Alina Zollfrank πŸ”ˆ


She stood in her kitchen
(ponytail tight, lips tighter),
talked to herself to no one in
particular, to no one who’d

listed out loud whether
this avocado was a good egg or
a bad seed. So hard to tell

with avocados. She gave it a
feel. Placed it back in the window
sill. Or not. Maybe attempted

a sniff. A gentle squeeze. Talked some
more to the air to dimpled apples to flies
in the compost (feet mired in plushy
lead slippers).

A lunge for the blunt knife. The first
cut across rough skin & she could tell
smooth linden half-moon from

glossy pit. Twisted parts, soft flesh through
and through. Or not. Sometimes she
broke open into a wide valley,

popped the seed to find choking
ropes & flecks of ugly & gray matter of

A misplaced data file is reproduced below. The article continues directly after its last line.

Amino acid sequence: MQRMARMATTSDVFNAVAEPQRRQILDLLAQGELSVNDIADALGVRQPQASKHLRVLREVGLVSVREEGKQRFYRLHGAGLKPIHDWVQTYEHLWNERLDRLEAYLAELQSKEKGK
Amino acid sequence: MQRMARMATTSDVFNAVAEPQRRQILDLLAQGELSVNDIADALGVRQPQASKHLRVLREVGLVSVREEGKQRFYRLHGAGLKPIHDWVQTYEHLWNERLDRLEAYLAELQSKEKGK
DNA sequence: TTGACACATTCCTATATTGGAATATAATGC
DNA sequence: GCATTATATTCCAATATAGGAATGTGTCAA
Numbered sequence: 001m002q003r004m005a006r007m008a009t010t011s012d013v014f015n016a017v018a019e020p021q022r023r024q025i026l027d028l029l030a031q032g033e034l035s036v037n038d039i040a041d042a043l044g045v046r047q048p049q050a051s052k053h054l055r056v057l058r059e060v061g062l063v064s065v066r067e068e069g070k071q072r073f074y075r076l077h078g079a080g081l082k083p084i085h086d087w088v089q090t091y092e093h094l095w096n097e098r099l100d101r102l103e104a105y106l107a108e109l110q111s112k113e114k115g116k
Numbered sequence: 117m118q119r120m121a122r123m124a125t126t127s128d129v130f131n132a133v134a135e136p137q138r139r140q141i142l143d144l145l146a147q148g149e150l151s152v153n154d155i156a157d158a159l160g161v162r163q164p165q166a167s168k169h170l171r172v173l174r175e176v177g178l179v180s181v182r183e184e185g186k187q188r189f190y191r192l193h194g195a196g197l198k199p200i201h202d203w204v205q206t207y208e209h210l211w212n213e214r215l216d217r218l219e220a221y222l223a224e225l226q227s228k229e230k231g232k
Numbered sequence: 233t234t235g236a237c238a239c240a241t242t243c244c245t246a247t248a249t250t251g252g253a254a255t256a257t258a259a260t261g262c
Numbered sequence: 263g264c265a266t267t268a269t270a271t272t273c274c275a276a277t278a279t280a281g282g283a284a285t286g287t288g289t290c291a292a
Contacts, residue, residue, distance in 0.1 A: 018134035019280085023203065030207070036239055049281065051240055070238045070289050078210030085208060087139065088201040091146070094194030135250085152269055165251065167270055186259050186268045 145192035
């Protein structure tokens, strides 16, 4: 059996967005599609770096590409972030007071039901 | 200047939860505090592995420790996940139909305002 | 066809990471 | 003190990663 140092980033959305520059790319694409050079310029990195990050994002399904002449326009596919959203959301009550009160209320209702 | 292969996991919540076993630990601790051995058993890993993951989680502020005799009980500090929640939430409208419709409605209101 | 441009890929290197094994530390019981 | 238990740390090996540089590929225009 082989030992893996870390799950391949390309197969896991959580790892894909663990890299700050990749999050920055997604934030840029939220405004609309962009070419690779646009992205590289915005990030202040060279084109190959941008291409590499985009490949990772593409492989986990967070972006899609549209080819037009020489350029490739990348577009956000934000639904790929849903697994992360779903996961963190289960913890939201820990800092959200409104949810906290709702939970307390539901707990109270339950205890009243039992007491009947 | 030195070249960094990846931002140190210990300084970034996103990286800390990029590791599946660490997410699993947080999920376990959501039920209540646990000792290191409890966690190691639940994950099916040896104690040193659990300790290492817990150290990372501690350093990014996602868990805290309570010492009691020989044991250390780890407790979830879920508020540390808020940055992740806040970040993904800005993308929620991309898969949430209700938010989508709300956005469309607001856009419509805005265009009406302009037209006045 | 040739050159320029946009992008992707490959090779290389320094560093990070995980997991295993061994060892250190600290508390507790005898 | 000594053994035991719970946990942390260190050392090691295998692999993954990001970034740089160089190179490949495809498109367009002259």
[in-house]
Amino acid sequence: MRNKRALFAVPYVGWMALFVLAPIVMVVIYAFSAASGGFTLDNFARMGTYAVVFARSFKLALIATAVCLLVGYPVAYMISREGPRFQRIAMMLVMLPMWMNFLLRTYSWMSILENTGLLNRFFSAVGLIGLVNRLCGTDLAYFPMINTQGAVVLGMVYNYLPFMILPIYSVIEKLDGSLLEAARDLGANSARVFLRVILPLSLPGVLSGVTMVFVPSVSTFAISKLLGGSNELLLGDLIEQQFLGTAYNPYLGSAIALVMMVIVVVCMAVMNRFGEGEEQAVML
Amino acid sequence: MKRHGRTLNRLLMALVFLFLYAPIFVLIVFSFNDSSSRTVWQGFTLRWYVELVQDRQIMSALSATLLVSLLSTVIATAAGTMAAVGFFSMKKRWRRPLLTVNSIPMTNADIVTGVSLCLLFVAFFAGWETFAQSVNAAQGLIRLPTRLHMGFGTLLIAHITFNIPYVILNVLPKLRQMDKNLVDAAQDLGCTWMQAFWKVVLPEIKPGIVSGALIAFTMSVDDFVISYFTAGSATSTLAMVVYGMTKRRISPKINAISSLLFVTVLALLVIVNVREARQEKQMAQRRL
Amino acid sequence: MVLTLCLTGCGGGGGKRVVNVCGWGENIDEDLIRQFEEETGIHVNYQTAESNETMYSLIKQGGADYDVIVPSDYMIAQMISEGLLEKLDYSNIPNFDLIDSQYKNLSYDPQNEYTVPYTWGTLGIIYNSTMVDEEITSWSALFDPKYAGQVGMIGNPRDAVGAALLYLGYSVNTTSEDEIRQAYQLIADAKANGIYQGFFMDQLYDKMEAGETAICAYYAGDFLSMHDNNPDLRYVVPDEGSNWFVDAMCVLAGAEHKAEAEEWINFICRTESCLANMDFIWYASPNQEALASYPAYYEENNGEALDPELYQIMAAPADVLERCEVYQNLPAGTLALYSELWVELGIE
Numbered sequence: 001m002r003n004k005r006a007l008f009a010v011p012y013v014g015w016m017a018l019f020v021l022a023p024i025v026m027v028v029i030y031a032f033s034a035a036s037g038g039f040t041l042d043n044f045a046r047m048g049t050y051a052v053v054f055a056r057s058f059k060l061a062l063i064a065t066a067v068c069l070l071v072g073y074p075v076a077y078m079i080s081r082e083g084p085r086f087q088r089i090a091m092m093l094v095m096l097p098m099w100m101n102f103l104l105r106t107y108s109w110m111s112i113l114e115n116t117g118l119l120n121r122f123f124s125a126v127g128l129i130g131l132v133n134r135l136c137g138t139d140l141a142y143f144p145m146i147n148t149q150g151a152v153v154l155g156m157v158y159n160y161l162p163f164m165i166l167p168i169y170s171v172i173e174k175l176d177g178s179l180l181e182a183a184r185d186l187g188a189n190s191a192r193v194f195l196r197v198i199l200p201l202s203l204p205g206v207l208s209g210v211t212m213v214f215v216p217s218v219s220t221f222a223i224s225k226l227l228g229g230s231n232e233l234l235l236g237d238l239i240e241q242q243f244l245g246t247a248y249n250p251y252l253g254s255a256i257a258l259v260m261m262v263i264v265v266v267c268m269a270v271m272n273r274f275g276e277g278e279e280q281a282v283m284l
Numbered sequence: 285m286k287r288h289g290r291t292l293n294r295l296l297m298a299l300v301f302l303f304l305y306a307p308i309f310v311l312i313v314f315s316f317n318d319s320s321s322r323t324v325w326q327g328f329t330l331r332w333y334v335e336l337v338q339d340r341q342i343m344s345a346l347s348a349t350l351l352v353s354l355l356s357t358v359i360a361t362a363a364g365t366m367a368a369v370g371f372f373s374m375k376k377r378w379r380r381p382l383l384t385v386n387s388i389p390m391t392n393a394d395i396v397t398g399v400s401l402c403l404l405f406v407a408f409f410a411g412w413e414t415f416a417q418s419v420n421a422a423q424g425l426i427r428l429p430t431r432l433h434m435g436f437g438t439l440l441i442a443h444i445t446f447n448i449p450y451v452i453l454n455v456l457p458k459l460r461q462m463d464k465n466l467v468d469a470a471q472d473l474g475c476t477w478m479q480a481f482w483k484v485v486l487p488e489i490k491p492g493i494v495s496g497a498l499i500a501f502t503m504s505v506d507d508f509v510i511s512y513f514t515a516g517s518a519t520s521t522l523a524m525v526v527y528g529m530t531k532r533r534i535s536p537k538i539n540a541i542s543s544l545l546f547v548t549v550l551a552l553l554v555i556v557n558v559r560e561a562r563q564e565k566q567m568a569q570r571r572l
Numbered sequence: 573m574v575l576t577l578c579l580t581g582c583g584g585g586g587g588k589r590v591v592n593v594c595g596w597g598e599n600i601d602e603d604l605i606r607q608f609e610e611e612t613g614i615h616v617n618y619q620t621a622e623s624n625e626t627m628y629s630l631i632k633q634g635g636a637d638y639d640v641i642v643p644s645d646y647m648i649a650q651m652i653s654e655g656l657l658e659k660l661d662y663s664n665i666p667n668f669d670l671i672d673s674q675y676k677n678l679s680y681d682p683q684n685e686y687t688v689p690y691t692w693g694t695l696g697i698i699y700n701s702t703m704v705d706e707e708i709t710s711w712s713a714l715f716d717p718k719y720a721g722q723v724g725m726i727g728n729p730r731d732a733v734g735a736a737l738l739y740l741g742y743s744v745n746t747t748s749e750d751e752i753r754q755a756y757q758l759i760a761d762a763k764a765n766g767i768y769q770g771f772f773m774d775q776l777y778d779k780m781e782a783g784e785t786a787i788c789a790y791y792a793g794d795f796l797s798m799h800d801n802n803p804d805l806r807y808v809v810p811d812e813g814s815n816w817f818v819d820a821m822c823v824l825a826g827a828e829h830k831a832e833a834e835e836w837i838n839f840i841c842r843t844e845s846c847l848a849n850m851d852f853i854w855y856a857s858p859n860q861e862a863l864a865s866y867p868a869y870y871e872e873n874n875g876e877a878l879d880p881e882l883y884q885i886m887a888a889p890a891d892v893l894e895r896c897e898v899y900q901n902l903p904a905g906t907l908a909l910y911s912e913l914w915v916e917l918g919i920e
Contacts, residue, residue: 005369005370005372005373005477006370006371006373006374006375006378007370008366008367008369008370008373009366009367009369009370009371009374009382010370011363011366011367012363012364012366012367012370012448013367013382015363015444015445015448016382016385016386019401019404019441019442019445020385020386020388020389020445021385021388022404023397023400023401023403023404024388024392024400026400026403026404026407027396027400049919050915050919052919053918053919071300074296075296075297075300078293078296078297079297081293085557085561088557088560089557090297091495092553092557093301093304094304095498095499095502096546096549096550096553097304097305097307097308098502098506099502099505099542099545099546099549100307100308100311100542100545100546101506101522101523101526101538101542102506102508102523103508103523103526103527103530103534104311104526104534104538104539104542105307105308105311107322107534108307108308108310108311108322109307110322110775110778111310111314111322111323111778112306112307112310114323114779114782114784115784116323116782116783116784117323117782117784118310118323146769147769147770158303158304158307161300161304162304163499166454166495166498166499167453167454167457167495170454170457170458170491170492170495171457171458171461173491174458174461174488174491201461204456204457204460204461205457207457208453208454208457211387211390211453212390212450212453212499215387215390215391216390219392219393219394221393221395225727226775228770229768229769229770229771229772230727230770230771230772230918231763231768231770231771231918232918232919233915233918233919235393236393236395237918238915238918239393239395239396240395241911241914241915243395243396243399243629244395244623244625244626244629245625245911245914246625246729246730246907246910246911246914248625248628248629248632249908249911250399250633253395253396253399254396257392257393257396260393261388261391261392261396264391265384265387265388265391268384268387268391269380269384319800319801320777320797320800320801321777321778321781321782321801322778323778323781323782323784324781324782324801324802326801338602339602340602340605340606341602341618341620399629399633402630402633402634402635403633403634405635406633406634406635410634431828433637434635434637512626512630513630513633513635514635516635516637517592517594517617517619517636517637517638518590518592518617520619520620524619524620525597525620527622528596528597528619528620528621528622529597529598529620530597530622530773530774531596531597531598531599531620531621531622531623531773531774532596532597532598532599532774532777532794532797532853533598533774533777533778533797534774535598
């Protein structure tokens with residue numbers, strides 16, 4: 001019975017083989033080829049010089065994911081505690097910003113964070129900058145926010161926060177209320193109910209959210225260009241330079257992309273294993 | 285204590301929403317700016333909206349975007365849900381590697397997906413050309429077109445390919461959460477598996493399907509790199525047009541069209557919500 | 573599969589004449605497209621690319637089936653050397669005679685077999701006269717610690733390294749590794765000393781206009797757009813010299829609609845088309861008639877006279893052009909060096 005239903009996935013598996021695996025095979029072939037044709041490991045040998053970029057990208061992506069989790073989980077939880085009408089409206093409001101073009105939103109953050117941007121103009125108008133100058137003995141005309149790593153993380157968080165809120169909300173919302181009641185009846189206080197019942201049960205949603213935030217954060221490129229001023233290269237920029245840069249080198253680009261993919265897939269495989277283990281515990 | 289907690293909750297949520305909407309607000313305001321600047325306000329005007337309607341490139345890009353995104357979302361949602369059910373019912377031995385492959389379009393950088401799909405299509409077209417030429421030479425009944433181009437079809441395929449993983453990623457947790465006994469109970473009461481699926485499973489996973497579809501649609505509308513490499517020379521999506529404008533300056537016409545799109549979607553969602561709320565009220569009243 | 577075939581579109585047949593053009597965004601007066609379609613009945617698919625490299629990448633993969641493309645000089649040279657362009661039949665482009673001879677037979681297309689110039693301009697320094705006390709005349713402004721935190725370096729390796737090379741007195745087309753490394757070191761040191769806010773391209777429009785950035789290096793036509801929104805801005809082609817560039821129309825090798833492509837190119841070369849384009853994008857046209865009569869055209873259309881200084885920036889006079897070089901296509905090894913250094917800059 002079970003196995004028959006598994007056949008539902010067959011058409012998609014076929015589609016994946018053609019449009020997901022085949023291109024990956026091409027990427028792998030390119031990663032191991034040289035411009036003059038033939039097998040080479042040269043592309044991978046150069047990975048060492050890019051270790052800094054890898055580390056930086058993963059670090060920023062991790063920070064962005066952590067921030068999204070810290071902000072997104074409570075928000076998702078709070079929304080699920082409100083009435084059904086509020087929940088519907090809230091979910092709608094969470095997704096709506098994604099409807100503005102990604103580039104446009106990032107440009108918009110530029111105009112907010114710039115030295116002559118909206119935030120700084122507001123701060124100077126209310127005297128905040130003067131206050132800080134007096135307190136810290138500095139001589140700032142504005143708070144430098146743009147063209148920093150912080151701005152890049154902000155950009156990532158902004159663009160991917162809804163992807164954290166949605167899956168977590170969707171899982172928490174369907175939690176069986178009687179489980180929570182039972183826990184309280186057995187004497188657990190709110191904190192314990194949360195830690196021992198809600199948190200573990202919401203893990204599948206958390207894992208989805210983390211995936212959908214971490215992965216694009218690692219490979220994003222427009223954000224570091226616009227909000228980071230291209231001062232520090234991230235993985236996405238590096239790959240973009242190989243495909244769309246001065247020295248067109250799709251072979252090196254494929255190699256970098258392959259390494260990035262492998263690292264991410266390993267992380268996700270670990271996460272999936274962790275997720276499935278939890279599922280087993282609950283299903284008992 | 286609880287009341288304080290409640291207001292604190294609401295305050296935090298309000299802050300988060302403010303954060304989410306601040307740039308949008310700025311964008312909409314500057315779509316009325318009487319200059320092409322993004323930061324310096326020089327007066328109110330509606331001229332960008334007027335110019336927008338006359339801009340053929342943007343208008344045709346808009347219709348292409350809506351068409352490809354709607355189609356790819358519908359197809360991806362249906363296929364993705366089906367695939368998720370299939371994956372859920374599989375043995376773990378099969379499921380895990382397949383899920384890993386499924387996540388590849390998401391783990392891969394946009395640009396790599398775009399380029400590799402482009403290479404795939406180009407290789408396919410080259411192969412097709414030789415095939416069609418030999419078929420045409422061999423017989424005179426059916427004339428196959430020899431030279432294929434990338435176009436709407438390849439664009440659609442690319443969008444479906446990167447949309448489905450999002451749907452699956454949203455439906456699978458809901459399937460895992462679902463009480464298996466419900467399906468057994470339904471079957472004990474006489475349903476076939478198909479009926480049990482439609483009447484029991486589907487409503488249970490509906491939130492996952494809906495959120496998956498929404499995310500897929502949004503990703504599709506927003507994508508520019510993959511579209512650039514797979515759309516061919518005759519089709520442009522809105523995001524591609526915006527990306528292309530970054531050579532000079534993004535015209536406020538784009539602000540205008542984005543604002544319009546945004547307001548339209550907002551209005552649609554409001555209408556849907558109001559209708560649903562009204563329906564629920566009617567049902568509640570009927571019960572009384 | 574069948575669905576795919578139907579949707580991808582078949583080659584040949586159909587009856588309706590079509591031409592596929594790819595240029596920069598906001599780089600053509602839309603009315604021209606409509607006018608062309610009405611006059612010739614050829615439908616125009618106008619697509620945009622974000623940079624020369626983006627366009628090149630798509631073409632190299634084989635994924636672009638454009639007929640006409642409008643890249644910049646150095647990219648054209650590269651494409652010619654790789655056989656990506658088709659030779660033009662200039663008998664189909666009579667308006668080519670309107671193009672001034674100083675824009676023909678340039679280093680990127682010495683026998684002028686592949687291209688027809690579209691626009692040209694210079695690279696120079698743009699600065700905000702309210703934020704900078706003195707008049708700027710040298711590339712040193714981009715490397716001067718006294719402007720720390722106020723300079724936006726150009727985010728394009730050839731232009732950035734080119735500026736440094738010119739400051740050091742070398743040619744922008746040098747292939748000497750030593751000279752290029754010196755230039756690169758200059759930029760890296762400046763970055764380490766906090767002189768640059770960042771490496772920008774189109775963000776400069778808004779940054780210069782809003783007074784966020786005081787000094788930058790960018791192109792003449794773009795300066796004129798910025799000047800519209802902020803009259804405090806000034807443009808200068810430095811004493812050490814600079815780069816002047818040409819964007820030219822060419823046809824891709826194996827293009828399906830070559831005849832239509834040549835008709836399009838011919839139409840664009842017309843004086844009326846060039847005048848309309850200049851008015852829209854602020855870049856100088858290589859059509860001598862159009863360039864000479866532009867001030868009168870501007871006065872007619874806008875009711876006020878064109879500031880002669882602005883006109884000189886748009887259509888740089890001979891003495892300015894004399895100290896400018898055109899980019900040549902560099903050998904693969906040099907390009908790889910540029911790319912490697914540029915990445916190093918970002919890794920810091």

rot. In silence she’d toss it – fruit

that had once held fistfuls, worldfuls
of promise. Now, out loud, her vow
to never try again.

Author Reading

About the Author

Alina Zollfrank, from the former East Germany, loathes wildfire smoke and writes to get out of her whirring mind. She cares for two teens, a husband, three rescue dogs, and countless plants in the Pacific Northwest and finds inspiration in the lightness and heaviness of this world. Her essays and poetry have been or will shortly be published in Bella Grace, The Noisy Water Review, Last Leaves, Thimble, The Braided Way, Wordgathering, and Invisible City. Find her on Medium @zollizen..